The EFF’s 260-page election manifesto contains simultaneously threats and promises with respect to business. Given its socialist orientation, state ownership of business and nationalisation are core planks of its electoral pledges.

The expropriation of mines, banks and other strategic sectors of the economy without compensation constitutes one of the seven pillars of the EFF manifesto. Radical economic transformation is complemented, however, by pledged support for business education, women and youth-based and business. Notably, sex work is to be decriminalised under a future EFF government.

For the first post-Buthelezi IFP election manifesto, the focus on business is local. Practically all 10 references to business or businesses in the IFP manifesto speak to the development of and support for small business and preference for South African businesses and employees. It remains to be seen whether such “South Africans first” pledges will translate into votes, but such local and nationalist economic appeals have resonated elsewhere internationally.

Perhaps unsurprisingly, given Herman Mashaba’s background, the Action SA election manifesto contains no less than 40 references to business or businesses in its 70 pages. Indeed, Action SA’s stands out as the most pro-business among all manifestos. Frequently stressing its commitment to support small and local business, among other things, through the establishment of an “opportunity fund”, Action SA pledges fiscal reform, cutting red tape and forging an entrepreneur and business-friendly environment in which 4.8 million jobs are to be created over five years. Among all 2024 election manifestos, Action SA’s is also the only one to explicitly link the importance of recrafting the relationship between business and the government.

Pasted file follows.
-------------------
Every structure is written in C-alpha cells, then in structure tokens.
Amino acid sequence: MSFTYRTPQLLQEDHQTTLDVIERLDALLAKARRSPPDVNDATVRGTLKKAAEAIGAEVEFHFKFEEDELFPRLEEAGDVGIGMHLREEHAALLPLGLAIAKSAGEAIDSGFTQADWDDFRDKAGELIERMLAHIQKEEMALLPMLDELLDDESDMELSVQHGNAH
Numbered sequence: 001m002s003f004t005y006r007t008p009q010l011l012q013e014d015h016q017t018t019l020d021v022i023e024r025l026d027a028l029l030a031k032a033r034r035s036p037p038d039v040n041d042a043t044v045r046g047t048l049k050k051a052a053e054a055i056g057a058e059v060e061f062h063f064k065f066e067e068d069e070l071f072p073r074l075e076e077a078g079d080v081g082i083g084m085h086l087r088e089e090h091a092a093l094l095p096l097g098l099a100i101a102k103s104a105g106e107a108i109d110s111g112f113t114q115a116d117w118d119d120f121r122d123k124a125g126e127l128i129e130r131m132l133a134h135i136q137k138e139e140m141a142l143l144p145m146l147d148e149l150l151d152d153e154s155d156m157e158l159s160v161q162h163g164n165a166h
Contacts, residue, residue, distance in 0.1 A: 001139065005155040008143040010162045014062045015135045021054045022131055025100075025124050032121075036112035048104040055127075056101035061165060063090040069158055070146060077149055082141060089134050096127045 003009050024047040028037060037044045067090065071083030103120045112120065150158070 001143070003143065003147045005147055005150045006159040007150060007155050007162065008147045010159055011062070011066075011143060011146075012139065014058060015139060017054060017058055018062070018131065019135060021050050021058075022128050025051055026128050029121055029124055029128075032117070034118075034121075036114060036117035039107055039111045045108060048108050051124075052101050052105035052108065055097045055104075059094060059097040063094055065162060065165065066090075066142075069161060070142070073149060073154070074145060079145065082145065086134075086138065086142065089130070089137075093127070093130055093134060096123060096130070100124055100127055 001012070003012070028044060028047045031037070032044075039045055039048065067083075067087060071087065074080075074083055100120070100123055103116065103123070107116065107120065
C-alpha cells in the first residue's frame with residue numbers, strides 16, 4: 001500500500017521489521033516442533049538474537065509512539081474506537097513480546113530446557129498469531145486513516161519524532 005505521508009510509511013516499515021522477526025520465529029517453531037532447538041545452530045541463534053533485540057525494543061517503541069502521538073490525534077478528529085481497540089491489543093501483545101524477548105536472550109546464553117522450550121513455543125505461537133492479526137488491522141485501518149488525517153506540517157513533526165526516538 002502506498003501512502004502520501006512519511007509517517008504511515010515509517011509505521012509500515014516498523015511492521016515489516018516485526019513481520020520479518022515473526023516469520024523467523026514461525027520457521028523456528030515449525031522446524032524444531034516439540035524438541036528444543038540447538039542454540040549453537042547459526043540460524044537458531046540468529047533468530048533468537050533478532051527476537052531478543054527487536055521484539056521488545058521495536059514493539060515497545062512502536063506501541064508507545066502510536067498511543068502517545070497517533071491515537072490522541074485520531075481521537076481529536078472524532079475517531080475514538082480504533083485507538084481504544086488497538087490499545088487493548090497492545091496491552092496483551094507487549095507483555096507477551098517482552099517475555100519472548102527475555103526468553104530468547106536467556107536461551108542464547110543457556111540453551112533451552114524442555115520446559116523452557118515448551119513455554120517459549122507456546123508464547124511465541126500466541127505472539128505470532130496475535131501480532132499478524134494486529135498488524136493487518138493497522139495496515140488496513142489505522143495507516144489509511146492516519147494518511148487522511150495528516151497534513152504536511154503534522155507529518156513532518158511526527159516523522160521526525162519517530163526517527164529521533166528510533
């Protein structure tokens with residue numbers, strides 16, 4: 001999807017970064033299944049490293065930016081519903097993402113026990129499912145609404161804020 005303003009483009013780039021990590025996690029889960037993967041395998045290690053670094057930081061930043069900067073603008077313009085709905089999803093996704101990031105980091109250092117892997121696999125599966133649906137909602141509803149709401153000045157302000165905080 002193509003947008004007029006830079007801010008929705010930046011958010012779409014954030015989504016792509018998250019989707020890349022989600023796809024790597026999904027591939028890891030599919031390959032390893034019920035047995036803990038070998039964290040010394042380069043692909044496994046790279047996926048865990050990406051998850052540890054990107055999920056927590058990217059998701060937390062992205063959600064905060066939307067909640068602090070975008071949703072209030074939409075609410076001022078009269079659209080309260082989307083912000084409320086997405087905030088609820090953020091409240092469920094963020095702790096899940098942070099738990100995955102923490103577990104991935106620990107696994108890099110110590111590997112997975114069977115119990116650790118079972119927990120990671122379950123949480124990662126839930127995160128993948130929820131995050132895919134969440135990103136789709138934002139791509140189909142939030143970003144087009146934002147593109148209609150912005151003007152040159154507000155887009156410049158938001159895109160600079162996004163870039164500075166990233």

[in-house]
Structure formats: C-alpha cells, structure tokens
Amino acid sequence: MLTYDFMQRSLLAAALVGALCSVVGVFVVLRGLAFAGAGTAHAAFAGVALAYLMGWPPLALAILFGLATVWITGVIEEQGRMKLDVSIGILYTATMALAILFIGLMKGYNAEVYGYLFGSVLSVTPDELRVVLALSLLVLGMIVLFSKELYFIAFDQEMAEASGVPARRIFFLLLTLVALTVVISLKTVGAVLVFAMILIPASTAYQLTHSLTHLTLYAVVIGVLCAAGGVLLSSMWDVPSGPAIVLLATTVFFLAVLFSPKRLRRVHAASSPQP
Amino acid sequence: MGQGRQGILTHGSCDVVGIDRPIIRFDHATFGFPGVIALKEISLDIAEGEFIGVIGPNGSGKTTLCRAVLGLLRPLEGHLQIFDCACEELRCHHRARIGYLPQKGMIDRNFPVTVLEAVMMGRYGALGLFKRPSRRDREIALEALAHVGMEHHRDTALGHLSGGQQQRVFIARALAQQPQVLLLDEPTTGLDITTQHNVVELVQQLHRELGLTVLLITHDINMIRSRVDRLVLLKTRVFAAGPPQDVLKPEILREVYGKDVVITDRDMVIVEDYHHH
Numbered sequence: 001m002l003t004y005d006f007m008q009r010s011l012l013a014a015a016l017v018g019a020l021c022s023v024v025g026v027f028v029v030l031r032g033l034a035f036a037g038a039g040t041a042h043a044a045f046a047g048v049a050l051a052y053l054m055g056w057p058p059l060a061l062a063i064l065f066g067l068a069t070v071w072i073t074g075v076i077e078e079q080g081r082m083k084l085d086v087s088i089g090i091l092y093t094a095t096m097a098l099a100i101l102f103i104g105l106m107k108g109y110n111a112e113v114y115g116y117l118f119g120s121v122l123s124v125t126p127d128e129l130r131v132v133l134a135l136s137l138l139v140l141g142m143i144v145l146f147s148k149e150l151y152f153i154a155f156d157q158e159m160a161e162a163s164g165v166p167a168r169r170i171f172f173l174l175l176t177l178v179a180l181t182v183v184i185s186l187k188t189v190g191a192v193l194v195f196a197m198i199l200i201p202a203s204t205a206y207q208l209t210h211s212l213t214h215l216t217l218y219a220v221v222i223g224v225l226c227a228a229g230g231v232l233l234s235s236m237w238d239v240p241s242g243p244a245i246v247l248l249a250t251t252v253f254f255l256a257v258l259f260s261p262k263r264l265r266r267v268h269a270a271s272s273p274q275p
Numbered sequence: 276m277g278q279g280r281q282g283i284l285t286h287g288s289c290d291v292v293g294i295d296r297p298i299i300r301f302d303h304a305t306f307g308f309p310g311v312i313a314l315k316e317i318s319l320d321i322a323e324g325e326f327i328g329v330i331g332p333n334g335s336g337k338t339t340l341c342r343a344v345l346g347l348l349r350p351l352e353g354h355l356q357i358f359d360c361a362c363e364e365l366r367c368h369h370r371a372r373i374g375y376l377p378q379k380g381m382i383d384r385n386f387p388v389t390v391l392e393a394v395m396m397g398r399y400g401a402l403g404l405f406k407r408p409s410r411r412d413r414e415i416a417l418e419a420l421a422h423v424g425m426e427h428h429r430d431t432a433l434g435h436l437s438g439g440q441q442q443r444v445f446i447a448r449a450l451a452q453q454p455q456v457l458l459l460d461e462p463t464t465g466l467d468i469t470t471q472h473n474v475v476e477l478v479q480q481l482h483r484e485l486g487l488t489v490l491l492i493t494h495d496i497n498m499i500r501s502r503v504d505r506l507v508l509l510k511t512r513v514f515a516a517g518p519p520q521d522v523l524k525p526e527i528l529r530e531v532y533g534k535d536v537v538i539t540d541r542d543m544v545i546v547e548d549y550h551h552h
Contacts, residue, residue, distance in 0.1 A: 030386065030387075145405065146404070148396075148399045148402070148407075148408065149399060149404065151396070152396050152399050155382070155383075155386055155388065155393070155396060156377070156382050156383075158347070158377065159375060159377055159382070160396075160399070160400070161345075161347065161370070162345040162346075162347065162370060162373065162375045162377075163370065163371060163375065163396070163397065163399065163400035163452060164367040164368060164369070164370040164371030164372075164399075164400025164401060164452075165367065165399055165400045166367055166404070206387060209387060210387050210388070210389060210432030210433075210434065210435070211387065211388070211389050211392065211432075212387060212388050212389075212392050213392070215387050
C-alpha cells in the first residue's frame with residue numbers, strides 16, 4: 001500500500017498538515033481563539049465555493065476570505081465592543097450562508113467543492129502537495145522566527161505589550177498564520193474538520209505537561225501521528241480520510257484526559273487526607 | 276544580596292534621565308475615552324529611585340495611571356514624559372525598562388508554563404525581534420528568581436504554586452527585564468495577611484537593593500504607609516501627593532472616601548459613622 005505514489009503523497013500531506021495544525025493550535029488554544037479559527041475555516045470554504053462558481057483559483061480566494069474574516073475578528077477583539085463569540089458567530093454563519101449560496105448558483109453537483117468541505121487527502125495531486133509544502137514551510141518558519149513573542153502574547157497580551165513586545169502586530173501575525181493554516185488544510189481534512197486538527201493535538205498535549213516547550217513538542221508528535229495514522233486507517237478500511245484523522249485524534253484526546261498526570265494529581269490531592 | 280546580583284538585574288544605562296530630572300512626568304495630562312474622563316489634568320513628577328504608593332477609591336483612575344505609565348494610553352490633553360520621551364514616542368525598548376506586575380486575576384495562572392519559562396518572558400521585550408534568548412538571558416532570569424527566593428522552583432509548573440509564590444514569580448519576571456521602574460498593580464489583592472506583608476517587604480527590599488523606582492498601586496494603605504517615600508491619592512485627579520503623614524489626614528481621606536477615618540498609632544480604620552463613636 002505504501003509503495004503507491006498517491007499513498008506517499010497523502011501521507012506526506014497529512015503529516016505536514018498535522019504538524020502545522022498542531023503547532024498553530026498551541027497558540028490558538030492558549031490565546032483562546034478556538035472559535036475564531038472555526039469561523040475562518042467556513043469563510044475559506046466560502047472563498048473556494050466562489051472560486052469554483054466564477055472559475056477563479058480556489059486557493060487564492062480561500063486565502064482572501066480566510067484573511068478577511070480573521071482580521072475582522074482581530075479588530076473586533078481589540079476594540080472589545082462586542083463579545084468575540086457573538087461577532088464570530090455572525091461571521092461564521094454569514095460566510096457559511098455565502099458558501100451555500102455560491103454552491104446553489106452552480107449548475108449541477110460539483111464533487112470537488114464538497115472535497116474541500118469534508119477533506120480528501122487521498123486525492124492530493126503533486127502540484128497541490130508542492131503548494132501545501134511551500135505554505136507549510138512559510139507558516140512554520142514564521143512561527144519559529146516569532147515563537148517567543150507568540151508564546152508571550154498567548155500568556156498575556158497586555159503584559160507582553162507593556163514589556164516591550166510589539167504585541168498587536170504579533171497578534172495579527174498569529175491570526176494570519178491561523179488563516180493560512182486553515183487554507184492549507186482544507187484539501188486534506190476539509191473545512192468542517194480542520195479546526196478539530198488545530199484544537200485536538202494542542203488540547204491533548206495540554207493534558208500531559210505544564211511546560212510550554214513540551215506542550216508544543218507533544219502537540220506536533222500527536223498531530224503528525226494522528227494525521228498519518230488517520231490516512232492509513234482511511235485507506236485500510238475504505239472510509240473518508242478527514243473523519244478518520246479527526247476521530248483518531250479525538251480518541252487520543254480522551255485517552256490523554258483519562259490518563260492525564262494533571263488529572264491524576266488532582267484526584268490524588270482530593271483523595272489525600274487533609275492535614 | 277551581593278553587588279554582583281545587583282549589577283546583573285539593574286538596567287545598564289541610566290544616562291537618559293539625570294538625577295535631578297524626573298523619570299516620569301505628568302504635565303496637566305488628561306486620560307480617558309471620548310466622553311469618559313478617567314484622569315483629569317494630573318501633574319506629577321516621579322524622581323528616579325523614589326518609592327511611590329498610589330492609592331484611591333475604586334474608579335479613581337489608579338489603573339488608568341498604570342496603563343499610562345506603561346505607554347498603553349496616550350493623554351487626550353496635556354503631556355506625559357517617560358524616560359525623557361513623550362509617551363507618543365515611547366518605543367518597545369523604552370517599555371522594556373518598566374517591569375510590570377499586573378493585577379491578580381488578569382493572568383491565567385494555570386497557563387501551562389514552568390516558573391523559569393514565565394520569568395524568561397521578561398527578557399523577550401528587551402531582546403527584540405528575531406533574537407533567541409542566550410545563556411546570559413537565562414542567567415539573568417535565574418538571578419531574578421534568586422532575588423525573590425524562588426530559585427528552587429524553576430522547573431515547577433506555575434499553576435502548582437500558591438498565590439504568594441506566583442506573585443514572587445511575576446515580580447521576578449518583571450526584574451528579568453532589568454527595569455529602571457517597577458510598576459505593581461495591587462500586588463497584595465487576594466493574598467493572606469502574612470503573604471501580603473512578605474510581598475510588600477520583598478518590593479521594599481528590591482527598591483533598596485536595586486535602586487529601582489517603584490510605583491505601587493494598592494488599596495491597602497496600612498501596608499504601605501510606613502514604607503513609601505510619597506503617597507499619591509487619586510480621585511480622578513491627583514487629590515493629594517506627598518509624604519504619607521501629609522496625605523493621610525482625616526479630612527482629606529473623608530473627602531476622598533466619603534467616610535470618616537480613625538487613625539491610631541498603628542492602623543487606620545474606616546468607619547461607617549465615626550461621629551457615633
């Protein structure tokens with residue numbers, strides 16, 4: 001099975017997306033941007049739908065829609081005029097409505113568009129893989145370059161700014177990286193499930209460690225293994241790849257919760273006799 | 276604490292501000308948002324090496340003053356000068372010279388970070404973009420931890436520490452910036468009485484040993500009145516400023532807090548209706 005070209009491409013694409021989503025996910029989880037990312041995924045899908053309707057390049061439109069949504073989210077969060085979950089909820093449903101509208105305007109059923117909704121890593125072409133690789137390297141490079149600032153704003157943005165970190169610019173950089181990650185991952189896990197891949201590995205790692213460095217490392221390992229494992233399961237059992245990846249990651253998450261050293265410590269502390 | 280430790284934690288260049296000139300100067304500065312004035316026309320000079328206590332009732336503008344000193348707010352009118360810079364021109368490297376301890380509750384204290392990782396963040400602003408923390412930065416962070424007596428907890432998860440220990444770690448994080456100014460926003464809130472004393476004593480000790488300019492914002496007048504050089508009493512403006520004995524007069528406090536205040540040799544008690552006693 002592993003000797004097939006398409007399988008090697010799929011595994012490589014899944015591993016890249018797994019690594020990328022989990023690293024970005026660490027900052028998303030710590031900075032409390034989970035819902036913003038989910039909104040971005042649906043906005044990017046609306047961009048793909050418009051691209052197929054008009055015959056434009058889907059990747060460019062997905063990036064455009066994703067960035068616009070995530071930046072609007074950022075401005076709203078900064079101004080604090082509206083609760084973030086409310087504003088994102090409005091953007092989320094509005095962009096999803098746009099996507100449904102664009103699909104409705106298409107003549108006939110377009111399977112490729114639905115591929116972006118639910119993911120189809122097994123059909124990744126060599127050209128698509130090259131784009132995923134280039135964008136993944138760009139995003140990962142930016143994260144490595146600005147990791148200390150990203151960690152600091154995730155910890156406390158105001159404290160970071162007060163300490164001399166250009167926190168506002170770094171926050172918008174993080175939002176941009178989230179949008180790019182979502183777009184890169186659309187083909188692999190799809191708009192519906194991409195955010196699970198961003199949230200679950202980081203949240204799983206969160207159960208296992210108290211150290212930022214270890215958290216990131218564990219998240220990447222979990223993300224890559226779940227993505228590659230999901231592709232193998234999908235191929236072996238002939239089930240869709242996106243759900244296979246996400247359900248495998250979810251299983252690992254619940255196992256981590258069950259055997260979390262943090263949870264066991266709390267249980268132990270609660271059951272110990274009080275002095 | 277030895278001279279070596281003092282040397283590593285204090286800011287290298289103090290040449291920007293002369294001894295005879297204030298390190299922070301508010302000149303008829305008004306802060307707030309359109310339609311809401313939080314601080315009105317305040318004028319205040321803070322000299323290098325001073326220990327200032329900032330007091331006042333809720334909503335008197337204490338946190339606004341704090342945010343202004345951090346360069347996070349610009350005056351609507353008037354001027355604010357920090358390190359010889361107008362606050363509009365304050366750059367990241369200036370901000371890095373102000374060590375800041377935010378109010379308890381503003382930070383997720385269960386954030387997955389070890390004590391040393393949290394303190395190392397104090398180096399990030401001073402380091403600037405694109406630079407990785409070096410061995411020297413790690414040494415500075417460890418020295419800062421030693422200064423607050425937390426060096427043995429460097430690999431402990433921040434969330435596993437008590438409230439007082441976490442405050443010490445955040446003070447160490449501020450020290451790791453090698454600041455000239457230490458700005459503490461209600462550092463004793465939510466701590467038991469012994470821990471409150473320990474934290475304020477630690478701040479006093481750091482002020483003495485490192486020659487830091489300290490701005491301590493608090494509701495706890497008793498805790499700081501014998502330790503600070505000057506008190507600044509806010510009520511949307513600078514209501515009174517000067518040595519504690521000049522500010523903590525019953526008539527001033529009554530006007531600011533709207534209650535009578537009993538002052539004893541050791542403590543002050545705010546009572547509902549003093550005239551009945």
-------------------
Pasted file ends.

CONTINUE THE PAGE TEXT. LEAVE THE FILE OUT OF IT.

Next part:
What then of the electoral outliers? Intriguingly, the three-page Umkhonto Wesizwe (MK) Party manifesto references neither business nor industry once. Perhaps more perplexing is the fact that the document mentions jobs just once, pledging to create five million of the national rarities over five years. This is to be done by focusing on sectors such as mining, agriculture, re-industrialisation, tourism and infrastructure development. It may be deduced then, that it is not the content and pledges made in the MK election manifesto that are driving the party’s growing support.

But perhaps one of the more surprising findings of the analysis is the prominence of business in the manifestos of parties as disparate as the United Democratic Movement and the Freedom Front Plus. The UDM lists building business confidence as a priority, referencing the sector on 22 occasions over its 26-page manifesto. While not as frequently referenced in its 28 pages, the FF+ manifesto is crystal clear on the importance of the business community and the vitality of a free market system, even promising tax rebates for private companies fulfilling government functions.

Thus, it’s a mixed picture when examining how business is treated by the respective party manifestos.While business is a vital stakeholder in South Africa’s political economy it is not recognised, acknowledged and accommodated in many of the 2024 election party manifestos. Business should be asking, Why not?

Ian Kilbride is the Chairman, Spirit Invest, Honorary Professor, Stellenbosch Business School [email protected]